Keona Jones is running for Atlanta City Council District 3.

Candidate website:

What is your current job (include the name of your employer) and list any significant memberships in public service organizations? 

Historic Hills Community Development Corporation/ Community Engagement Coordinator

What is the biggest issue facing your constituents and why are you the best candidate to address it? 

The biggest issue facing my constituents is affordable housing. Many residents in District 3 are getting displaced due to gentrification. As NPU J Chair and as the president of Dixie Hills Civic Club, I helped bring over 600 affordable housing units to the Dixie Hills neighborhood. By collaborating with developers, residents, and government officials I have been able to bring solutions to help our legacy residents and renters in our district.

How do you define “affordability” in housing and what is a specific tactic you would use to improve it? 

I would define affordable simply as this: does the average resident or family have enough monthly income to rent or purchase a house or apartment and then still have money left for other necessities like food, clothing, medicines, utilities, etc. I supportive of the city using public land to create affordable homes and I will champion the city continuing to do that when I’m office. Specifically, I will support legislation to make sure that legacy residents and affordable home builders, like Habitat for Humanity, are first to receive public land to build homes.

City Hall has been dogged by an apparently ongoing federal investigation involving accusations of corruption in the previous mayoral administration. How would you help restore public trust on matters of staff spending and contract procurement? 

Transparency is key for any organization to thrive and be seen as trustworthy. I plan regularly communicating with my constituents about what I’m doing as a council person by regularly attending NPU meetings, meeting with citizens, and creating a monthly newsletter. I believe that being honest and transparent about what I’m doing on a daily basis, trust will begin to be restored among the citizens in District 3.

In 2020, Atlanta and the nation experienced two historic events: the COVID-19 pandemic and protests about racial justice and police brutality. What is a public-policy lesson you learned from those events? 

As policy-makers we need to be less responsive and more proactive. We need to always be thinking about preparing for the unknown. We need to be listening to the people that we represent so we can create solutions for the root causes of the problems in our society.

The debate about the location of a public safety training center is an example of longstanding tension over whether Atlanta’s urban planning should be more top-down from corporations and private groups or more bottom-up from communities and neighborhoods. What is your approach to planning processes and is there a specific change you would make?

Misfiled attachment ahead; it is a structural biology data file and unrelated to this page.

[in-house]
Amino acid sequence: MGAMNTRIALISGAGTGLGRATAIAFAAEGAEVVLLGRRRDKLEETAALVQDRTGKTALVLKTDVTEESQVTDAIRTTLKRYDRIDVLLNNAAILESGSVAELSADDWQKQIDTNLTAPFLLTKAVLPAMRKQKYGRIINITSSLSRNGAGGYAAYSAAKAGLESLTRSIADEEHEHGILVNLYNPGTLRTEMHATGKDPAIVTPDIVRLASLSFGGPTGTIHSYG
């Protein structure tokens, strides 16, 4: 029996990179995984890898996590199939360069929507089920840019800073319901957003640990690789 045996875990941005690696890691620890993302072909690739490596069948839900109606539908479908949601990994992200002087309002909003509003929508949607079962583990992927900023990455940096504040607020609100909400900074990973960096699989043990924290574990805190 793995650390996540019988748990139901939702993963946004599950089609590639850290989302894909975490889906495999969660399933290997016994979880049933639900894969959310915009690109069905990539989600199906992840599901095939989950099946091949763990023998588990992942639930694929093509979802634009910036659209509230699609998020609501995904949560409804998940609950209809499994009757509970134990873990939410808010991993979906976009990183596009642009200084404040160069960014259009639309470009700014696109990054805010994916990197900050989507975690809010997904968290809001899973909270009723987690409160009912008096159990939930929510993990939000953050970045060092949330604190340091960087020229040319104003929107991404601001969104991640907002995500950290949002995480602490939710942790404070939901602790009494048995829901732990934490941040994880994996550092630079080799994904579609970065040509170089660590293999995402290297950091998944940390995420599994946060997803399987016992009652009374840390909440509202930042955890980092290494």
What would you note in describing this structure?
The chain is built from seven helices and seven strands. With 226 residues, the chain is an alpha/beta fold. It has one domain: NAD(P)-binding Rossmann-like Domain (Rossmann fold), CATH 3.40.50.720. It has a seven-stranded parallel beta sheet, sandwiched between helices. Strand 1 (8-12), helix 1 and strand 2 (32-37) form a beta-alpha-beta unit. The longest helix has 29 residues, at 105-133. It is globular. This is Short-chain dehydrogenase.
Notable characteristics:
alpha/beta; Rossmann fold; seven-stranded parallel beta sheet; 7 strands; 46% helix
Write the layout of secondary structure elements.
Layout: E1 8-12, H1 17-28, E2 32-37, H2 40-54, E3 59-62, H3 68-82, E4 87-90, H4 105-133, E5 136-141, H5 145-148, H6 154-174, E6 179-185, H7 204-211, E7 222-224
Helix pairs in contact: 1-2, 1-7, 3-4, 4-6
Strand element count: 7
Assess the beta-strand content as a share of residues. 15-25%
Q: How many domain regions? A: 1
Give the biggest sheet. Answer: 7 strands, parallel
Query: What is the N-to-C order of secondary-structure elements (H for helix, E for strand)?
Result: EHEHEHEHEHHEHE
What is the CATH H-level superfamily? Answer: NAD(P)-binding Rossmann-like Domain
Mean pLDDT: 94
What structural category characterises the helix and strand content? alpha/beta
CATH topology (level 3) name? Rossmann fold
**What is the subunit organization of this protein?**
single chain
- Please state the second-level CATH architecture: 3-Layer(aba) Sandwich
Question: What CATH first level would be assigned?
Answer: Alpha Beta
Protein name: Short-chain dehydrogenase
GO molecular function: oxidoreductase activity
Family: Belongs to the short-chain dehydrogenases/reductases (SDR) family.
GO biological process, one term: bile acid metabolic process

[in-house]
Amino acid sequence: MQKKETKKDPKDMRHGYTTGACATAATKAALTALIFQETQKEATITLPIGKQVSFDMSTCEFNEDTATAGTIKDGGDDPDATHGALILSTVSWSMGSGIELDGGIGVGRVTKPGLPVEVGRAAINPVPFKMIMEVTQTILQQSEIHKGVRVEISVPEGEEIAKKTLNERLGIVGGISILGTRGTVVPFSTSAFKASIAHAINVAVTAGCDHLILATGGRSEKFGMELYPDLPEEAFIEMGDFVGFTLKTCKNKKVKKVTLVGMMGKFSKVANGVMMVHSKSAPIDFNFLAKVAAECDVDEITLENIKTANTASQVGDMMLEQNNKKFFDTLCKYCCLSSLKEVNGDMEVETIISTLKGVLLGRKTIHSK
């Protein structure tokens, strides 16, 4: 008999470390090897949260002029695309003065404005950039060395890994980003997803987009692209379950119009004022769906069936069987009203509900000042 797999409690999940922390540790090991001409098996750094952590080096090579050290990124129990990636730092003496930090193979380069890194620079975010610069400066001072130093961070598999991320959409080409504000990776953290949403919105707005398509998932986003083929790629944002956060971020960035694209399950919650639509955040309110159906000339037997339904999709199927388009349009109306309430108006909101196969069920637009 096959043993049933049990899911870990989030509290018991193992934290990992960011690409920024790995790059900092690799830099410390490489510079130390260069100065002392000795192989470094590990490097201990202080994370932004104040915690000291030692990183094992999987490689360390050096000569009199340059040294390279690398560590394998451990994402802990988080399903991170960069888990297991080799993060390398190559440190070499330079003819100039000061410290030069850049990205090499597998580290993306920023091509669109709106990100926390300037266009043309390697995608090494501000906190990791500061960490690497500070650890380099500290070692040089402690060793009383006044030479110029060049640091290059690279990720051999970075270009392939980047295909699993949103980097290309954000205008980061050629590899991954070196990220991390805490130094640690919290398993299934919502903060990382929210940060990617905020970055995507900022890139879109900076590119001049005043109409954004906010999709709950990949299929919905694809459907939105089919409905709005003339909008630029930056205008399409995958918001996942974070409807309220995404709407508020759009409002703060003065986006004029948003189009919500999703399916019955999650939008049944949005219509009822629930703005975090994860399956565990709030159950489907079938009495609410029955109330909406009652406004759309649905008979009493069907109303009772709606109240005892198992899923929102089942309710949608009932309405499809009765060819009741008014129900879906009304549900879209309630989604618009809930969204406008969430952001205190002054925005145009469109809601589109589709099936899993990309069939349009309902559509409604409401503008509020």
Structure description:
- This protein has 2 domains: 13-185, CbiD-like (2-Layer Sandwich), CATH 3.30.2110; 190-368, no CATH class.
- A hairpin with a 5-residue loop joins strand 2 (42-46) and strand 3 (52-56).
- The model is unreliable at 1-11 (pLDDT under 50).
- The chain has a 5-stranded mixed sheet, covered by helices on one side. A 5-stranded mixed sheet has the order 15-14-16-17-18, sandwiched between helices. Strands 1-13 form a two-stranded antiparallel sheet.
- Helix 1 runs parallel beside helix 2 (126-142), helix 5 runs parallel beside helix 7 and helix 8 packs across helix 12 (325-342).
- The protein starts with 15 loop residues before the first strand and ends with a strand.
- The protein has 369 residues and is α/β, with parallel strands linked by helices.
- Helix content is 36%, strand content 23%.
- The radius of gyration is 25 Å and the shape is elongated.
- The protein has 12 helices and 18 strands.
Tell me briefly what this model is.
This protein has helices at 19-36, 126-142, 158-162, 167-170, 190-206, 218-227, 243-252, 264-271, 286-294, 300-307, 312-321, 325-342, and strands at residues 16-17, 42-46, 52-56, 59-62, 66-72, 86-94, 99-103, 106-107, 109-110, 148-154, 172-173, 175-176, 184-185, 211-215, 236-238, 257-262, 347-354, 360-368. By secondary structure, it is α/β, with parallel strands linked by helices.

Our planning process should be bottom-up from communities and neighborhoods. As NPU Chair, I listened to residents and businesses both, but residents who live in the community have better understanding of what a community needs than a corporation or private group. Corporations should listen to the residents of the community before trying to make sweeping changes. I plan to give a greater voice to residents and neighborhood associations by implementing “a neighborhood walks program.” Just like I am canvassing now to tell people about my vision as city councilwoman, I will do the same with my staff to hear about the residents concerns and tell them what I’m doing to advocate for them . I also working with the NPUs to promote and market their meetings in order that more people in the communities and neighborhoods can participate.

Do you support the Atlanta public safety training center’s location on Key Road in DeKalb County? Why or why not? 

Yes. Our officers need a state of the art place were that can train and be equipped to handle crime in our city. I hope that new facility provides mental health training, conflict resolution, and other resources to support our officers and bring holistic approach to deterring crime in the city.

Who is the main expert you turn to for information on understanding and addressing crime and what is an important fact you have learned from them? 

Major Collier. What I have learned from him is the problems with crime is much deeper than what you see on the media. We need a more holistic approach to fighting crime that involves tackling the inequalities in our school system; lack of economic development opportunities; and providing after-school programs.

What are some areas of opportunity for the mayor’s office to work in partnership with the Atlanta Public Schools superintendent and board? 

I think we should collaborate on establishing a community center in District that serves residents, and particularly that focuses on empowering the students and families in District 3. APS and the mayor’s office should look into renovating the vacant schools in the city and turning them into community centers that are home to tutoring programs, youth sports and arts. This will deter our youth from getting involved in crime and investing their energy in areas where they can flourish.

Anything else that you want to share for voters who may be undecided? 

I have the most experience serving District 3 than any other candidate. I have been an educator, a the chairwoman of NPU-J, and President of my neighborhood association. If want someone who has advocated for people and brought proven solutions, then please vote for Keona Jones for District 3 city council.

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